4 Writing Techniques Used In Celeste Ng’s Everything I Never Told You

Note: you can read an excerpt from Everything I Never Told You here. This excerpt contains a large chunk of the novel’s first chapter.

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Part One: Stormy Mornings and Multiplicity

Ng does a good job hooking the reader with the novel’s very first sentence: “Lydia is dead.” This straightforward declaration places an extra layer of pressure on Lydia’s family, who don’t know she’s dead as the novel opens and they begin their calm, seemingly-normal morning. Take away that first sentence’s blunt foreshadowing and the first chapter feels a lot…well, limper.

In undergrad (and even in grad school), we were admonished never to begin a story with a character waking up or starting their morning. It’s allegedly a pedestrian opening, although I’ve often seen it done well (Wonderland, The Road, and The Metamorphosis come to mind). In each of those books, there’s something pressing against the mundane morning in question: mild spoilers ahead, but in Wonderland, we discover, along with the main character, that this seemingly normal morning is actually the worst ever. In The Road, the world itself is extraordinary, and in The Metamorphosis, the events are.

What can we as writers learn from this? The power of contrast. First of all, each novel I’ve mentioned is fairly exciting in its own way, and the source of that excitement is carefully buried in that quiet first chapter so that the reader is almost subconsciously given a reason to keep turning the pages. An even subtler example is the first chapter of Gone Girl: only the chapter’s subtitle (“THE DAY OF”) and the novel’s title hint at the larger storm hanging over this particular morning.

That said, each novel’s first chapter is a different animal, so I’ll move on. I could write about five or six techniques in the first chapter of Everything I Never Told You, but I’ll stick with characterization. Since Lydia is literally a corpse before the novel even starts, the author has to work extra-hard to characterize her. After all, the reader doesn’t know Lydia when he or she reads the novel’s first sentence, so the reader has no reason to care about her. On top of that, we’re not given any physical description or location information until much later in the chapter, so Lydia isn’t even a headless body in a ravine or frozen in a block of ice—both descriptions which offer different images and levels of pathos.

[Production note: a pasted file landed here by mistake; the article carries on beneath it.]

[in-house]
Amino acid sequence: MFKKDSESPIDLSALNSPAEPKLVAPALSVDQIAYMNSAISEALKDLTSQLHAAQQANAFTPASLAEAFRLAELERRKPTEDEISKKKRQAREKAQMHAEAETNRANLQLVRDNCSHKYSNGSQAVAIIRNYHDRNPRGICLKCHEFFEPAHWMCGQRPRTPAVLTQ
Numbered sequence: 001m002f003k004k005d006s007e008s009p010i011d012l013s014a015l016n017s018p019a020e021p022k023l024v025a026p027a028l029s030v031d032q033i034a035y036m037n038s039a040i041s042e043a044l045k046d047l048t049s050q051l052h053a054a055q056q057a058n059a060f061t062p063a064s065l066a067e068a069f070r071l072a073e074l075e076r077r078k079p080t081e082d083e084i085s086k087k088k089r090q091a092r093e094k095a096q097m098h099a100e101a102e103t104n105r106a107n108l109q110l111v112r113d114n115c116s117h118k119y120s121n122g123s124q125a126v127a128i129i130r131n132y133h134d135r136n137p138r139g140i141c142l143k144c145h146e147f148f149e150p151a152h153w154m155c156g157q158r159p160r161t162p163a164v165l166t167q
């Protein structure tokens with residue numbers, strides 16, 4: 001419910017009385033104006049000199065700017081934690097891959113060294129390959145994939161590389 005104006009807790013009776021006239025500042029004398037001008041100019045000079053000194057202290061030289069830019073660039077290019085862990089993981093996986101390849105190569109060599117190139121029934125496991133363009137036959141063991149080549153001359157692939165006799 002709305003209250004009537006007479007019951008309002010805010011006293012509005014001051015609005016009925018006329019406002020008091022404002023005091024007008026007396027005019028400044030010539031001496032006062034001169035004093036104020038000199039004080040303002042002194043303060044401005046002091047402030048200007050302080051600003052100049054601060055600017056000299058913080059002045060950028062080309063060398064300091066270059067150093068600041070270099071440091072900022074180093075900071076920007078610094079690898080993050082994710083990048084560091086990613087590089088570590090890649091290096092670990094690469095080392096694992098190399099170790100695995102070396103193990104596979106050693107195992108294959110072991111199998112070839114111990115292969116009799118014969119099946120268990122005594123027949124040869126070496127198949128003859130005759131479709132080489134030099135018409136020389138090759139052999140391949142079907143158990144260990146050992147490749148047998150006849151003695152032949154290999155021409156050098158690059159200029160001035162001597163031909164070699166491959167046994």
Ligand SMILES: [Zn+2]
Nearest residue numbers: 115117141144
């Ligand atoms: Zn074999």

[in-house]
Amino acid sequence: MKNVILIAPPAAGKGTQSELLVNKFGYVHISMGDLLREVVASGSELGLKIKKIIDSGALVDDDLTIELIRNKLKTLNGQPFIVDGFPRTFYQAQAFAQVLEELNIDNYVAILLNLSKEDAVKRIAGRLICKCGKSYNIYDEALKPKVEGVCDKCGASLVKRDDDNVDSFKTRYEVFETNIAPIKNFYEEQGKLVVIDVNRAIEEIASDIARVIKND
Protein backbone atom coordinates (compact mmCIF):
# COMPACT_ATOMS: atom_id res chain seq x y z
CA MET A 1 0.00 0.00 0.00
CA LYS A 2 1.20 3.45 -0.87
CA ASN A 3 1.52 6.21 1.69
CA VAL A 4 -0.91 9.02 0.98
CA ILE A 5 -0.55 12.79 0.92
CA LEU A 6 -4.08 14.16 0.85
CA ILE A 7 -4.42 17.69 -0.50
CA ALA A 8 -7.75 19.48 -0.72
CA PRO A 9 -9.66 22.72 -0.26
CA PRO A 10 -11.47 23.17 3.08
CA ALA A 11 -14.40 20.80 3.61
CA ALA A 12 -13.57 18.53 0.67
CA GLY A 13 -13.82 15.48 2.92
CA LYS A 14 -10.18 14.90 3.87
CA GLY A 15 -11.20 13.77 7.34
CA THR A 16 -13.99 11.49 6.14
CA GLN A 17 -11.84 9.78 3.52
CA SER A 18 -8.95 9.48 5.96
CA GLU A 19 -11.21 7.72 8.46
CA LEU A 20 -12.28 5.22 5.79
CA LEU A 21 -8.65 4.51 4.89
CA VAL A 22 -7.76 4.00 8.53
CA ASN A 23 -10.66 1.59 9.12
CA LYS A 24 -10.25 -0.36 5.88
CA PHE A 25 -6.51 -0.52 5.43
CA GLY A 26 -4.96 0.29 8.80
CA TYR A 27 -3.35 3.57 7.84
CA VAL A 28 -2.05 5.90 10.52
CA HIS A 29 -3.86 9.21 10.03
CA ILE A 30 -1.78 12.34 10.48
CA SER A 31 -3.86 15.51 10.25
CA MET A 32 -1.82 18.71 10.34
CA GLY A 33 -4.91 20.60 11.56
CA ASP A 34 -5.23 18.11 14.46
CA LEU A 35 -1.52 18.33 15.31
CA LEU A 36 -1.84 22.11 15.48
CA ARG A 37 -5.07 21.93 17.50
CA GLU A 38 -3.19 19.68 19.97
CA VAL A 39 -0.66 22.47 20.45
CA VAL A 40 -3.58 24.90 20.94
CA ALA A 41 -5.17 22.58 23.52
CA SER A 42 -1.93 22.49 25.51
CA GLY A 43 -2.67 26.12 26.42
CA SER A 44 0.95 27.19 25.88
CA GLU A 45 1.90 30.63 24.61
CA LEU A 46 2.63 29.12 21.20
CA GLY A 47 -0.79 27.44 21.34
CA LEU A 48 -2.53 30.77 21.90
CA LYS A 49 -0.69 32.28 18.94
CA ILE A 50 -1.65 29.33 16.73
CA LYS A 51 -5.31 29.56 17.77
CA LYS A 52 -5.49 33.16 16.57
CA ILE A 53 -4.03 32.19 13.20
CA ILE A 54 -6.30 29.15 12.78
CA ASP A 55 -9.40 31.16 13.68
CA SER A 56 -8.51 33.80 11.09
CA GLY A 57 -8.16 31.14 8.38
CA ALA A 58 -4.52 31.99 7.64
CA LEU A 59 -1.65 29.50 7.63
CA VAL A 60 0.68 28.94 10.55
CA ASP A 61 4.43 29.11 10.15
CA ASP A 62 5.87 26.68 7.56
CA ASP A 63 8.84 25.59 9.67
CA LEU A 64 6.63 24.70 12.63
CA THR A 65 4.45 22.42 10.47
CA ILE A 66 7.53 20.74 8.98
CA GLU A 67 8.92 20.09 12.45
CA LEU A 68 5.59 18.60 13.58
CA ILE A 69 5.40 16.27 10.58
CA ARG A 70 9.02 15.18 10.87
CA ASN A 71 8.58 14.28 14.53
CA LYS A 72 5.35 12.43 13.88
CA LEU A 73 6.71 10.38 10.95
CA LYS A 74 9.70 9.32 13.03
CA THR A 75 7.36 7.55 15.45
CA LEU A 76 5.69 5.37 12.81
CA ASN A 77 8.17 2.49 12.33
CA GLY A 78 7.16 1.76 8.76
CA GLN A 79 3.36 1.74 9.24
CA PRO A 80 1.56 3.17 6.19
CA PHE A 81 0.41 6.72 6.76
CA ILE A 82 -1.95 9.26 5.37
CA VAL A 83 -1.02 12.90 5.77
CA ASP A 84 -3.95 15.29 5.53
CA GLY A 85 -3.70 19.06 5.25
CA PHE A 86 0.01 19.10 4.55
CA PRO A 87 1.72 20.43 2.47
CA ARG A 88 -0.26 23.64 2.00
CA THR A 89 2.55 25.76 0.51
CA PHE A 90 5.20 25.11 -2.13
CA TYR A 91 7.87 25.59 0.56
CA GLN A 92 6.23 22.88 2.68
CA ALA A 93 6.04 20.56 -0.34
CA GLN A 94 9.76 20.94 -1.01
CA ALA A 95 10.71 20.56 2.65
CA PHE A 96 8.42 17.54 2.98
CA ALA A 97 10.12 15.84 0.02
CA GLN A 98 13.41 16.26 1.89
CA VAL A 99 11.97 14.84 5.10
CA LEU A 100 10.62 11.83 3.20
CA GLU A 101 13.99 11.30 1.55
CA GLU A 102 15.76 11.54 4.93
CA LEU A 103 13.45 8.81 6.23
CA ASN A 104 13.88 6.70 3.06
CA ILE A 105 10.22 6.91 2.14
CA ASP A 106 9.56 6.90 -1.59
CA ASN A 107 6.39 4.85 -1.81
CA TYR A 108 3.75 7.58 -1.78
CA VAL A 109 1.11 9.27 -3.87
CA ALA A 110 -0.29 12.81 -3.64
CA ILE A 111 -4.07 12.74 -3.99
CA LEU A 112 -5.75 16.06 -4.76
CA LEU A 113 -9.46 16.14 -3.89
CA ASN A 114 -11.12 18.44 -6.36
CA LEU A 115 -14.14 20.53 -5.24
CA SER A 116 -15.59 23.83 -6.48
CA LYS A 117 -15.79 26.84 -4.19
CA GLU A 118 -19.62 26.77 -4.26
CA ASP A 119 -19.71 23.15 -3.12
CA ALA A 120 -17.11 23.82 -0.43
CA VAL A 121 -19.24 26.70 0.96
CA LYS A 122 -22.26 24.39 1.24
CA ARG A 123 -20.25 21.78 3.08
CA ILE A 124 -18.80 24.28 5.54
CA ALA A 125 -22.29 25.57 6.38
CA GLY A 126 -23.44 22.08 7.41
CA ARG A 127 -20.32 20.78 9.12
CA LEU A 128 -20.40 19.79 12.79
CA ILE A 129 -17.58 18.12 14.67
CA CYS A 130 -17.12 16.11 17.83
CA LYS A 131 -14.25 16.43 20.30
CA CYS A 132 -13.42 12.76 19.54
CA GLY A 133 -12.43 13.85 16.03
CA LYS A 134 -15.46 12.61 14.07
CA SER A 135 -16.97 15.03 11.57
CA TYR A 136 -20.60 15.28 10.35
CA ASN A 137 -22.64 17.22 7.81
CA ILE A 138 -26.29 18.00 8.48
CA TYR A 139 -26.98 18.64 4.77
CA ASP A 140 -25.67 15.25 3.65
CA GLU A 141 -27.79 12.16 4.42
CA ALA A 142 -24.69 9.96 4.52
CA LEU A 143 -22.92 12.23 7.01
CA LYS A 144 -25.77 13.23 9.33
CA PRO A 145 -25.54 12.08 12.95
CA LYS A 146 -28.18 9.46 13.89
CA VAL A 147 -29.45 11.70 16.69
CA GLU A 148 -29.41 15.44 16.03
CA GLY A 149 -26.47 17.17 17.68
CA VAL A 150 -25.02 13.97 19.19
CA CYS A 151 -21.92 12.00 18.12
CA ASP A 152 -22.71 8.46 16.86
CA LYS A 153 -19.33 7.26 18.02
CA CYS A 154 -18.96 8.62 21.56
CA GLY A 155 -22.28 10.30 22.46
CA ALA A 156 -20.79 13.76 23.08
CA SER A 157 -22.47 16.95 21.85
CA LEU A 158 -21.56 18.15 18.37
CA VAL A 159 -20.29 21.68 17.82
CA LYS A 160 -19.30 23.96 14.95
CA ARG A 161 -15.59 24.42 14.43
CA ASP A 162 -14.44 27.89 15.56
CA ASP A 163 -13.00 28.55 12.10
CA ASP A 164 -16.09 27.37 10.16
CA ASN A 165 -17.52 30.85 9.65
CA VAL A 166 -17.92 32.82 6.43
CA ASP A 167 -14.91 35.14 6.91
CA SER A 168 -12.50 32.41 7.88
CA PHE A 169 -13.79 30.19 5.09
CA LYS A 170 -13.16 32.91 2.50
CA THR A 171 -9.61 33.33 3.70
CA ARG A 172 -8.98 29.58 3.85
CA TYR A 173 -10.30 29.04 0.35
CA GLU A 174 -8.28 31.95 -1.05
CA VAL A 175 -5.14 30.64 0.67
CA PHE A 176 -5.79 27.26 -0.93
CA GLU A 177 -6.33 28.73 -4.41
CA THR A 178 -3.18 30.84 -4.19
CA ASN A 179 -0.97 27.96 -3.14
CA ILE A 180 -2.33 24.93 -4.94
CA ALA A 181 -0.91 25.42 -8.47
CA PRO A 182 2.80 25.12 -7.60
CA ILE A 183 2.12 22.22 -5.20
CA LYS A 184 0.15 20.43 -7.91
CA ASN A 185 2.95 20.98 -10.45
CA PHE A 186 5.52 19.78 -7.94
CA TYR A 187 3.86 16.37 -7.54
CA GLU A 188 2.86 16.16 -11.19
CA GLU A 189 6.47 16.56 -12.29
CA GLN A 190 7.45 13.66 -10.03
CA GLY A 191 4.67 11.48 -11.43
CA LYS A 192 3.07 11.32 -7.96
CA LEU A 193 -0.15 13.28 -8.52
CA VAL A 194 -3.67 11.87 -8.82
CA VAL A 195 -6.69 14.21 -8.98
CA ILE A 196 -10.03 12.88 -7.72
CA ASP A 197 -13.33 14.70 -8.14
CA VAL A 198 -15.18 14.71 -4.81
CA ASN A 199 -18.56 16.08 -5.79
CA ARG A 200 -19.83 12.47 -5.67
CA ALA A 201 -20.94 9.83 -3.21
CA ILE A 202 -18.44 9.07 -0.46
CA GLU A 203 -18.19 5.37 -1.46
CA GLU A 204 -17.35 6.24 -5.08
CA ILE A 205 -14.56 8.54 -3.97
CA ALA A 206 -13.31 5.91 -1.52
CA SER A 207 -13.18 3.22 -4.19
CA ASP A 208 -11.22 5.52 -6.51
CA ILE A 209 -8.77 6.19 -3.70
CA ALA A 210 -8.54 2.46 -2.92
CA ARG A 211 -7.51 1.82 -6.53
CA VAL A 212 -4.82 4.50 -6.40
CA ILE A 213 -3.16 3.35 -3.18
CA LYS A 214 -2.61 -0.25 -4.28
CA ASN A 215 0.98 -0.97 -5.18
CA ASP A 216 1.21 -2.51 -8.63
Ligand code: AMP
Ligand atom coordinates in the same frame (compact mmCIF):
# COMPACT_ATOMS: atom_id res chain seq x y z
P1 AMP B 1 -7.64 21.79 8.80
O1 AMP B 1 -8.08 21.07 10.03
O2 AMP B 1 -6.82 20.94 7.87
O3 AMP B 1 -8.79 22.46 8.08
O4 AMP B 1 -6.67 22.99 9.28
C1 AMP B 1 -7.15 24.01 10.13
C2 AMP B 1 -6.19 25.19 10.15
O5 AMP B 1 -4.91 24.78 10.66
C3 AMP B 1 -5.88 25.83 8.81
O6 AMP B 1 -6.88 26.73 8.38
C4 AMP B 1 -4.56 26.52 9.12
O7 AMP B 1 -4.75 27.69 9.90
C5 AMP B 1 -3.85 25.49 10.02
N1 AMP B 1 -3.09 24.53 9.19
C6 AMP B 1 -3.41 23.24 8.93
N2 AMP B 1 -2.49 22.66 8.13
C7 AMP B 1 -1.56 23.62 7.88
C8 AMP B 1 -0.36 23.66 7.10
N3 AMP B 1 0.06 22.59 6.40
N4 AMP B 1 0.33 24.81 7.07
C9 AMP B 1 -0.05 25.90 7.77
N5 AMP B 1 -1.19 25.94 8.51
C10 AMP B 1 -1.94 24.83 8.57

So, how does Ng bring Lydia to life, so to speak?

1. Physical Appearance.

Ng does a great job physically describing Lydia early (by the fourth page of the novel, in fact), which helps to give her depth. Ng does this in a way that describes both Lydia and her mother simultaneously, which is a neat trick.

2. Secrets.

This might be the most powerful characterizing moment in the entire first chapter, since it sets up the novel’s main plot question: why did Lydia die? But on a more human level, everyone has secrets big and small, and imagine the flood of interesting consequences if your worst secrets were ever brought to light. It’s a great characterizing technique, one that’s easy to overlook.

3. Pathos.

Mild spoiler alert: Remember Nick in the novel Gone Girl and how the timeline of his alibi doesn’t quite make sense? Remember when we learn what he was actually doing in that garage when Amy went missing? It’s such a sad and somewhat pathetic action, and it’s incredibly humanizing at the same time, especially for a character that most readers hate by that point.

In Everything I Never Told You, there’s that sad moment, told through her brother’s perspective, when we learn about her phone “conversations” with her “friends.” There’s a neat delayed moment when the father realizes it, too. Due to the circumstances of her sudden absence, all of the characters’ memories of Lydia are heightened (there’s that contrast thing again), which creates a strange energy that makes the reader pay extra attention.

4. Multiplicity.

This is the one technique I plan on appropriating into my own work sometime in the near future. Corpse or not, notice how we don’t just see Lydia as a 16 year-old in this chapter. We see her as a secretive baby, an alienated teenager at school, a sneaky girlfriend after school, and then the author gets great use out of that photo album to show two different sides of Lydia from the recent past.

I could write another ten pages on Ng’s masterfully-employed techniques in this first chapter, but I’ll save that for another post. Can’t wait to get into chapter two! Thought Catalog Logo Mark

For more great writing, check out Robert Yune’s debut novel available here.

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